Community Gardens in Brunswick Forest

April 5, 2019
Gabe Moore

Spring is a special time of year because we can get back outdoors to the activities we love. Being a master-planned community that is interwoven with nature, Brunswick Forest is excited for residents to start engaging in outdoor activities again. One of the best ways to get involved, is to start planting flowers and produce at the community garden! Linda Ferry, the Community Garden Coordinator, explains why taking advantage of this amenity is such a great idea for residents looking to cultivate a green thumb of their own.

Having community garden space is important because it allows one to grow mostly anything. It’s a fun outlet where residents can continue any gardening projects they might have had before moving to Brunswick Forest. Linda states, “Lots of people move to Brunswick Forest from different parts of the country, and many of them had gardens that they would regularly take care of. The community garden lets them continue those traditions.” Currently, there are 28 residents that plant in the community garden, with room for five to ten more!

Many new residents quickly find that there’s an interesting learning curve to gardening down South. “There’s lots of learning regarding what you can plant and what you can’t. There is a lot of hard work, successes and failures,” Linda says. It is a great opportunity to embrace an outdoor/active lifestyle, and also to mingle with fellow neighborhood gardeners! Located near Cape Fear National, Linda goes on to say that, “Brunswick Forest has been very cooperative in providing us with a new lot to garden in.” Fitness Center and resident sponsored activities director, Nicole Stone, was also a help in opening and expanding the new community garden area.

Kale, broccoli, sweet peas, radishes, carrots and lettuce are the typical produce that Linda sees growing this time of year. Cannon Lilies and sunflowers are popular decorative flowers that also grow well in the area. “Sunflowers do extremely well here at Brunswick Forest because they are tolerant of the hot weather,” Linda states. Okra and rosemary are also popular with residents.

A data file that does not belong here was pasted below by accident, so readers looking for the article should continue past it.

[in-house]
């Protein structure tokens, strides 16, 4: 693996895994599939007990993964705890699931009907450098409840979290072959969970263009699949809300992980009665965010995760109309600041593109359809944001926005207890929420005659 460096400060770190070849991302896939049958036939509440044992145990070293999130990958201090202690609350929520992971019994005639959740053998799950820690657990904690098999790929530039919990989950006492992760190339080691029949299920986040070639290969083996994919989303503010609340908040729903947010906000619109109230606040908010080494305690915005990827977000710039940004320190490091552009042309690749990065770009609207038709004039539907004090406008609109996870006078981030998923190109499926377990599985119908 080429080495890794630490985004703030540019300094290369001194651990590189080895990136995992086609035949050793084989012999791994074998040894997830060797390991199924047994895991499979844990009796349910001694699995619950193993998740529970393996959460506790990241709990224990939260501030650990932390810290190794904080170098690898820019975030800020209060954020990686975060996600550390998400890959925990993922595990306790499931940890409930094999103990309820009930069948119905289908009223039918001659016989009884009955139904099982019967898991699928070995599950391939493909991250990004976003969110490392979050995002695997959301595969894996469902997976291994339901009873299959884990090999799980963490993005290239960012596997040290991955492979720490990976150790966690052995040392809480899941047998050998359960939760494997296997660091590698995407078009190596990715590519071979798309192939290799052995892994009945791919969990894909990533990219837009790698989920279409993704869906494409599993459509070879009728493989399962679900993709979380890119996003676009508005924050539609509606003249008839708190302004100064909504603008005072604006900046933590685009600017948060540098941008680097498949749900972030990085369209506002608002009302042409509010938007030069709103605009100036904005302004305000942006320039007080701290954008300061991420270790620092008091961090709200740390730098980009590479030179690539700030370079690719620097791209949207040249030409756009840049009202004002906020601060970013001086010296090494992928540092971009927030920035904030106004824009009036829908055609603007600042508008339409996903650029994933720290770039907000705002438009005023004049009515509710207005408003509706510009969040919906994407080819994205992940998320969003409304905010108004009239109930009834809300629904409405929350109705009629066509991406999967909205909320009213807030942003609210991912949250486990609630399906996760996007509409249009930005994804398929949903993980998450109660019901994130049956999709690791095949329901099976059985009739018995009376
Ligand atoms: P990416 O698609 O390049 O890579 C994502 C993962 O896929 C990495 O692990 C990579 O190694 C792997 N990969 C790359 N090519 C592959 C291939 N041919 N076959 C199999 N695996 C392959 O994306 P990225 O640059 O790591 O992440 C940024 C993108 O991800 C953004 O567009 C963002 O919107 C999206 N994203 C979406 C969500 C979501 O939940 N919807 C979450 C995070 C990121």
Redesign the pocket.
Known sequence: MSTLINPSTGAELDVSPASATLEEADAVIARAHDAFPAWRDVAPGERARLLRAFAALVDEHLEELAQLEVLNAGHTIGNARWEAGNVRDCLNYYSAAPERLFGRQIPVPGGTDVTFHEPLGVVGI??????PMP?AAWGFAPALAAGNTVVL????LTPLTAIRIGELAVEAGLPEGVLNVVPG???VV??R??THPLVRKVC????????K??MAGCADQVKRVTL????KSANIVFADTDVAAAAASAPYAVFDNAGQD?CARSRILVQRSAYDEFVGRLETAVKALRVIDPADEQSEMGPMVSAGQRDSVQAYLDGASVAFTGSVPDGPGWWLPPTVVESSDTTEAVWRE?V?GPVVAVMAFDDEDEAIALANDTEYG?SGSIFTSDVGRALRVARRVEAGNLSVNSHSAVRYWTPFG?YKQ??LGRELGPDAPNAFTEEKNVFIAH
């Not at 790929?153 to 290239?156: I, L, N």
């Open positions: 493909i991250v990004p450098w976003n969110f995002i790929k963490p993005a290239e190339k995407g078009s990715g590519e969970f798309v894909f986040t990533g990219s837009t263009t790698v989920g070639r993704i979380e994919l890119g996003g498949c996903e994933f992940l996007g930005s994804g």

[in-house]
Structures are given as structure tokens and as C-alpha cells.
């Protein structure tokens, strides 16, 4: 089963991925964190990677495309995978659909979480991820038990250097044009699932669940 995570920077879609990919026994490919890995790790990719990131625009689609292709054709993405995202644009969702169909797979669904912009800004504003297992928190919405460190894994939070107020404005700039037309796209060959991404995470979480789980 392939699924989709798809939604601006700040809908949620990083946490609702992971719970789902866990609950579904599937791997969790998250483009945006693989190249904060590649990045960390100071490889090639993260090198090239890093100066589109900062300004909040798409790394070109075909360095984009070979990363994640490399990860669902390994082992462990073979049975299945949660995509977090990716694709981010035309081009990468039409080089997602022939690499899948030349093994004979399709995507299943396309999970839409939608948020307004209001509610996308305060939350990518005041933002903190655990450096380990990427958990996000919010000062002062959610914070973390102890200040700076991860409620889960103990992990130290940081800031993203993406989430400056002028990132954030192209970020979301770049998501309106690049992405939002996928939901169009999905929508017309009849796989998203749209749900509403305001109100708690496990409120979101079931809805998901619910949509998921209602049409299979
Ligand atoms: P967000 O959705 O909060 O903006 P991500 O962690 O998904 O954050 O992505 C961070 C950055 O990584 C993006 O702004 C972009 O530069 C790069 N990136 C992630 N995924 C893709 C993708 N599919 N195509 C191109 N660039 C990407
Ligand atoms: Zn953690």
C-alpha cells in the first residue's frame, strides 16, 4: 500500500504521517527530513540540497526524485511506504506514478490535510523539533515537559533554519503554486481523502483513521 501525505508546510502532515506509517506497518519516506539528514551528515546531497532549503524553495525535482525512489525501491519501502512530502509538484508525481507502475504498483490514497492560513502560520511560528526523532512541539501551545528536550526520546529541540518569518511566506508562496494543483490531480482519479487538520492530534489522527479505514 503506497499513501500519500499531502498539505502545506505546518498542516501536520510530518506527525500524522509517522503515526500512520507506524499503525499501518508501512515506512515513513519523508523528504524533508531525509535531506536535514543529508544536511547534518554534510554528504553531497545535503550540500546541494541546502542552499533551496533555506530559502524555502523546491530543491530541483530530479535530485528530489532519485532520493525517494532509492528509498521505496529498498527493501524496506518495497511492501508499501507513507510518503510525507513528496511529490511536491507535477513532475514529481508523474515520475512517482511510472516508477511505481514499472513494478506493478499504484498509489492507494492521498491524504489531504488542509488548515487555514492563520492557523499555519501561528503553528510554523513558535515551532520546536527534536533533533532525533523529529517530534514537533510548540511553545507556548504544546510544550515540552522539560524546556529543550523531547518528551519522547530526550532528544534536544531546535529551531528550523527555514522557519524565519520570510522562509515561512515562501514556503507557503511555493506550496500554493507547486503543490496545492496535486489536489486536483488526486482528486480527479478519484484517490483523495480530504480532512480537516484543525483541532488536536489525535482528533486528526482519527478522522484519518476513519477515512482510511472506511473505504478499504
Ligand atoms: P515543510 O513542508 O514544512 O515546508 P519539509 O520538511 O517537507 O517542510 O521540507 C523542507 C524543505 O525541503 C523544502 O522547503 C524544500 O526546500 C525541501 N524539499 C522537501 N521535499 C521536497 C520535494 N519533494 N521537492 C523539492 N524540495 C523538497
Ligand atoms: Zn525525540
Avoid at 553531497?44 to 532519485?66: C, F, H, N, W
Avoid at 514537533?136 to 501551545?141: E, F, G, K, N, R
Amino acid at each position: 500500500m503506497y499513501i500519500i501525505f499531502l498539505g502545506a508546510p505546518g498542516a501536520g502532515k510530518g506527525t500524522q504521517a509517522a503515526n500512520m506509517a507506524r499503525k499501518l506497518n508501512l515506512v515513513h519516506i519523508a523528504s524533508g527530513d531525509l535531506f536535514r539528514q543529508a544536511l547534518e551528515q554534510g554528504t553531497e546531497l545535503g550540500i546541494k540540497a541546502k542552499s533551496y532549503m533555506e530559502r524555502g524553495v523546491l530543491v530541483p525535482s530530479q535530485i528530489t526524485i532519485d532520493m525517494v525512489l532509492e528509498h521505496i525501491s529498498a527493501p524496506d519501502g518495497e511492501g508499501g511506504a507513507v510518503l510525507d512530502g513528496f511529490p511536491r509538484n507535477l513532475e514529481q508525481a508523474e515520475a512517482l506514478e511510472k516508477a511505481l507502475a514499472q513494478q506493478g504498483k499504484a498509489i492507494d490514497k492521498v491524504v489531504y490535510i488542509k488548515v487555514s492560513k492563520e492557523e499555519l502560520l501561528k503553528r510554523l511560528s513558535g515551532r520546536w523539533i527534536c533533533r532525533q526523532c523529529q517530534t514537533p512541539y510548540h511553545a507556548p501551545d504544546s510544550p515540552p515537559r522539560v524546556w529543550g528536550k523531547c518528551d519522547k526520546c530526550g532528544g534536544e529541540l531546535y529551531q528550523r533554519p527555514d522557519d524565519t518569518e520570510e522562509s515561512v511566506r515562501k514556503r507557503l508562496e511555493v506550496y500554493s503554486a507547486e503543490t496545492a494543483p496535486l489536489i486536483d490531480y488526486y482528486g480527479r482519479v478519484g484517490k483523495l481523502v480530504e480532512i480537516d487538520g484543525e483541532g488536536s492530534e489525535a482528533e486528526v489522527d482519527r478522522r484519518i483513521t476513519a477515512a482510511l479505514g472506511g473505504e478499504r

Residents who plant in the community garden should be wary of insects such as red ants. Linda doesn’t discourage insecticides to help protect your plant foliage, but there are also natural alternatives that won’t jeopardize your health. “Neem oil is a perfect way to keep pests away, while still being non-toxic for both you and your plants,” Linda tells us. Linda also shares some helpful tips for anyone looking to grow this year. “Build 4 x 4 raised beds, be sure to treat the soil and keep it moist for plants to grow best. Make sure you fertilize your plants too.”

In her own words, Linda states, “The best part of the community garden is the freedom it provides people in terms of growing options. Instead of being boxed in, people are allowed a more open place to continue doing what they love to do.” Most of all, Linda points out that it’s fun to see how creative residents get with designing their garden plots.

The community garden at Brunswick Forest is a great outdoor activity that gives you the satisfaction of growing your own plants. It’s also a great way to grow new friendships and bond with people who love to garden as much as you do! We encourage you to roll up your sleeves and try getting a little dirty this spring; you might just find yourself engaging in a new favorite hobby!